By Jillian McCarthy
Saving Wild Horses
Utah’s Sulphur wild horse population has reached an all-time high, a condition that is causing trouble along Highway 21.
On the last weekend of February, 100 Sulphur wild horses were gathered and removed near Highway 21 between Milford and Garrison, Utah.
“A couple horses had gotten hit by cars which caused safety concerns,” said Thane Marshall, a Beaver, Utah brand inspector. “When there is nothing left to eat, they come near highways. Grass is best right off the highway because of snow removal.”
Wild horses in Utah have over-populated management herd areas and there is not enough room in holding facilities for all of the extras. The horses will need to branch out in order to find food, water and space. Many of them have been found on private property and near Highway 21.
“The horses have a herd management area that is big enough for 250 horses and right now they are sitting at over 830,” said Lisa Reid, a spokeswoman for the Bureau of Land Management in Utah. “That is like trying to stuff 830 marbles in a jar that only holds 250.”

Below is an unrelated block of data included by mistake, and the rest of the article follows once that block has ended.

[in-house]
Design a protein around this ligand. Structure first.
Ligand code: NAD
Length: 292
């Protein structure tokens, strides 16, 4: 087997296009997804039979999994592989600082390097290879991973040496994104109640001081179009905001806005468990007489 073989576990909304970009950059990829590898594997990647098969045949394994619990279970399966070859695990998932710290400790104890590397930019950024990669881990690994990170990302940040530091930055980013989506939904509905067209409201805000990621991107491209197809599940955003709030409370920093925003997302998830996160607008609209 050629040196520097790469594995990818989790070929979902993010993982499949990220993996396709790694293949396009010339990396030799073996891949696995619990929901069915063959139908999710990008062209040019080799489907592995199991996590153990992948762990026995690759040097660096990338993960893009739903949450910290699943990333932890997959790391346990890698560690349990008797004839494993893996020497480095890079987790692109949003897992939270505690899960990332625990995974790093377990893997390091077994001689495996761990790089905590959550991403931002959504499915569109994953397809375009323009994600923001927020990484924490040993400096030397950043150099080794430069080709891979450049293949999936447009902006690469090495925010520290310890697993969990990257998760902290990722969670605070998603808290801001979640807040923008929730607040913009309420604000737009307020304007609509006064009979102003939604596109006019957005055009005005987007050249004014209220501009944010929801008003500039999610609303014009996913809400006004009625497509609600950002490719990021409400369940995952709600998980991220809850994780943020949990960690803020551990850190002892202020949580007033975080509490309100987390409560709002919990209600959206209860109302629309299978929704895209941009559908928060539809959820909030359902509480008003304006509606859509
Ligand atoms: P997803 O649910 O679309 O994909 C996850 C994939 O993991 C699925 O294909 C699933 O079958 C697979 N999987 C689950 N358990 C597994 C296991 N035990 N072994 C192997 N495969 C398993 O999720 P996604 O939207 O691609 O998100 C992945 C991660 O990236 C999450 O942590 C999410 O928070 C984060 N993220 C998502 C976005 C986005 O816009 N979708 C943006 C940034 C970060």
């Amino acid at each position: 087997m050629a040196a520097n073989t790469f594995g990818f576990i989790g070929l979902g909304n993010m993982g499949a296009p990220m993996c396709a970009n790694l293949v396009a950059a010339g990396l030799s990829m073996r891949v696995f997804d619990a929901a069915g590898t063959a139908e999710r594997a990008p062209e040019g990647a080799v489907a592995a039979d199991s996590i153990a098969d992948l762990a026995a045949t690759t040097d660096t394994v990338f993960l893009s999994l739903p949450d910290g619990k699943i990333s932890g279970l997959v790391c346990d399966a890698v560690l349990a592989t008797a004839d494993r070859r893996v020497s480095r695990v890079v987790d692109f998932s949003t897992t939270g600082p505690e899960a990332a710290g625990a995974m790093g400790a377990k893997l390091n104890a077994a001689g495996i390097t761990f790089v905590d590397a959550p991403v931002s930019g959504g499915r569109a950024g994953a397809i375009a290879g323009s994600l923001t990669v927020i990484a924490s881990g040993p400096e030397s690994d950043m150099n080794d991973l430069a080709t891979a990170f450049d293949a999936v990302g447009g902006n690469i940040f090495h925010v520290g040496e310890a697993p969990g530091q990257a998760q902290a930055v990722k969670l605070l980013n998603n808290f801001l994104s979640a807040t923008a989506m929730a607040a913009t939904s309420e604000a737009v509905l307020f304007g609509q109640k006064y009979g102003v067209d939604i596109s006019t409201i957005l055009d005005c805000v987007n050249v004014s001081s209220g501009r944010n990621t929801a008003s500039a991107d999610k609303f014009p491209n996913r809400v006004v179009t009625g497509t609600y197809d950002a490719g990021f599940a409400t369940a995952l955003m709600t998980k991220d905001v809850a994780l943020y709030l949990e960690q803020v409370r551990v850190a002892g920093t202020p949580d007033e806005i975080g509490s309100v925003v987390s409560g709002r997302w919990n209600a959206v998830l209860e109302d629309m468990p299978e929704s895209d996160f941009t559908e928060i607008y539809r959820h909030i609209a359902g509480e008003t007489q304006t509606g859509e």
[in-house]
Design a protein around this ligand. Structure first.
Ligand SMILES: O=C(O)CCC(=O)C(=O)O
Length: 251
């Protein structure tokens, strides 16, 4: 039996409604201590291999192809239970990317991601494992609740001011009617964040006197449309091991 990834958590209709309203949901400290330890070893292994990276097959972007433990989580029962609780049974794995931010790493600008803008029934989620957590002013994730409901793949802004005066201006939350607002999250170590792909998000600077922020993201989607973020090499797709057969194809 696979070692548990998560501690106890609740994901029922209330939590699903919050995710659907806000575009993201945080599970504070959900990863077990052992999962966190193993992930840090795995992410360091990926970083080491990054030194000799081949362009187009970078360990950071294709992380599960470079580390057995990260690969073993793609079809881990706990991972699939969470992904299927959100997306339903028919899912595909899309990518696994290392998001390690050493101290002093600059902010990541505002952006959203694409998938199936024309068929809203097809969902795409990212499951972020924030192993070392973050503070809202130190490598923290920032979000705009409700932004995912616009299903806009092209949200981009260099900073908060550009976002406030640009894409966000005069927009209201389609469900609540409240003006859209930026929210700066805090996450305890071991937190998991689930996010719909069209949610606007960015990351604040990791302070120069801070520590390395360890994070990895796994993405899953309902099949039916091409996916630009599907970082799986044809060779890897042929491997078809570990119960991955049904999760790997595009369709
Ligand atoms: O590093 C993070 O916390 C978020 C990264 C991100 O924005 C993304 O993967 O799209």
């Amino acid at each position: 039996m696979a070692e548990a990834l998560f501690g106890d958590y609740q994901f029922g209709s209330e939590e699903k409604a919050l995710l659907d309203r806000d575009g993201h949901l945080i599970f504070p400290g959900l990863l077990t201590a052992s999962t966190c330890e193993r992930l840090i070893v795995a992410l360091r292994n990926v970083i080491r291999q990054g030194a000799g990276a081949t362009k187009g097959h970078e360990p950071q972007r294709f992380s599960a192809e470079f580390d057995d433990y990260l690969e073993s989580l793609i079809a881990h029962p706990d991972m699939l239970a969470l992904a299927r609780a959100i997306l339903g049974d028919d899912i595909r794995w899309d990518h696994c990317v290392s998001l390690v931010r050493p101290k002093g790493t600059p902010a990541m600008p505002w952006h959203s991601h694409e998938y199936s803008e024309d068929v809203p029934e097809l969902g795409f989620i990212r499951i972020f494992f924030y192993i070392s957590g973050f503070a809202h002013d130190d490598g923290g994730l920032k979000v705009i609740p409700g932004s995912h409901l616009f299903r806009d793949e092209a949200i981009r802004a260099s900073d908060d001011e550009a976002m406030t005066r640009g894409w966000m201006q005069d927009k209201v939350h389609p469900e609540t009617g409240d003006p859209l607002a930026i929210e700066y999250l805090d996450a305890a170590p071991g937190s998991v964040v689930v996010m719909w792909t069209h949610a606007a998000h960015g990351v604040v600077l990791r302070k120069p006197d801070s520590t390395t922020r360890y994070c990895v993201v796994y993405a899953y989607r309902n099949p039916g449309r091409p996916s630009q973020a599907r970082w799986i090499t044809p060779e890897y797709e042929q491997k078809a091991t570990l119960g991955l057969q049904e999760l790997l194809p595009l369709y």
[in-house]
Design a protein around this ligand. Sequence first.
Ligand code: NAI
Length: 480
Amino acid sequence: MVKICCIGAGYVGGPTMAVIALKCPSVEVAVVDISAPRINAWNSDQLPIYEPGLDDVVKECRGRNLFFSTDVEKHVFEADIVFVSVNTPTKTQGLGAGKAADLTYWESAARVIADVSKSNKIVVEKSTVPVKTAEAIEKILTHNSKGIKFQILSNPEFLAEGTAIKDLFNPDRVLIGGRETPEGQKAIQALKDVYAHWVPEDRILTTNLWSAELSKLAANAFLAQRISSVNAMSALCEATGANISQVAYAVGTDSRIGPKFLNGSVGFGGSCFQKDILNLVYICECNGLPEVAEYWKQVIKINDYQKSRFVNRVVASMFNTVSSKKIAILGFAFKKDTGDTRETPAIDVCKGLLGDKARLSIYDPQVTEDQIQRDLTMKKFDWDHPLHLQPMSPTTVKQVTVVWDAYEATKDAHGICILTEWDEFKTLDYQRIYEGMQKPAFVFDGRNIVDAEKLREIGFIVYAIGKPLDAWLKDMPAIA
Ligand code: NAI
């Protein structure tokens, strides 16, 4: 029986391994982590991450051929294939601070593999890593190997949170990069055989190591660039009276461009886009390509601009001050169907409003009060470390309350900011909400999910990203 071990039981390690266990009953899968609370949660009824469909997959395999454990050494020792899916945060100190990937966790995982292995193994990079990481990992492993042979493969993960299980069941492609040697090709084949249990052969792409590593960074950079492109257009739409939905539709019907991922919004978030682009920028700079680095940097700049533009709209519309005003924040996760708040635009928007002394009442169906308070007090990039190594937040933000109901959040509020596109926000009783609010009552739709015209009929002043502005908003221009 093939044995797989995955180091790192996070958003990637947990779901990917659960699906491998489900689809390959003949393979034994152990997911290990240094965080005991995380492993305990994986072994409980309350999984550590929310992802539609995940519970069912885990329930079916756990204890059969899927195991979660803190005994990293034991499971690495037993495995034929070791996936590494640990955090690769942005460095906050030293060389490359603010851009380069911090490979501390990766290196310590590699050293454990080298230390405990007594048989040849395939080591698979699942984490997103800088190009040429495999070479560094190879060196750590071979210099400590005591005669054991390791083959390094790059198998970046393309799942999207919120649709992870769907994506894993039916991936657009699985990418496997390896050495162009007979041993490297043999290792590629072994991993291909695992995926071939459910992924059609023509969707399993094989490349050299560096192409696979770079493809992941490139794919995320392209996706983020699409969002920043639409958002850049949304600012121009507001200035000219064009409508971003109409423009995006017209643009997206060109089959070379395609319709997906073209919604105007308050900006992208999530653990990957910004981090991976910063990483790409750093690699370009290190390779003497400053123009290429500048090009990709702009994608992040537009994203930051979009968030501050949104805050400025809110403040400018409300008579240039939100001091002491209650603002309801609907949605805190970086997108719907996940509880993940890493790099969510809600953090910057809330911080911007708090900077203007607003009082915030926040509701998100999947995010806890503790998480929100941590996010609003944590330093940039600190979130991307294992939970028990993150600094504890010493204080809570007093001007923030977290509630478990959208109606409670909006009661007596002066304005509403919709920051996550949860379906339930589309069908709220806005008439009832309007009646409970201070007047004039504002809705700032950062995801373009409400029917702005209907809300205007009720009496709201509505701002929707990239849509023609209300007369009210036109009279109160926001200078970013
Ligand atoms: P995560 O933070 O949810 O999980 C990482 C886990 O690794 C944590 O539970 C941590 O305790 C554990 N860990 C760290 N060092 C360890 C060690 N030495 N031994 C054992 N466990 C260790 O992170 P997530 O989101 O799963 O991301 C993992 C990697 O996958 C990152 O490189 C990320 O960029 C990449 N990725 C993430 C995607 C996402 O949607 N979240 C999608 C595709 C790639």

The BLM’s rules and regulations come from Congress. There are two ways the BLM are allowed to manage wild horses: removal and birth control. When the wild horses are removed they are taken to holding facilities where they will stay until adopted. Both long term and short term holding facilities have reached their limits nationwide.
“The impacts of the economy have caused the horse market to fail and people can’t afford to adopt these wild horses anymore,” Reid said. “In years past we were able to remove 8,000 to 12,000 wild horses nationwide. Now we are only able to remove 1,200.”
The 100 horses removed were relocated to BLM’s Delta holding facility.
More information on Utah’s BLM wild horse and burro program can be found at http://www.blm.gov/ut/st/en/prog/wild_horse_and_burro.html.
More information on the Sulphur roundup is available at http://www.blm.gov/ut/st/en/prog/wild_horse_and_burro/Sulphur2015.html.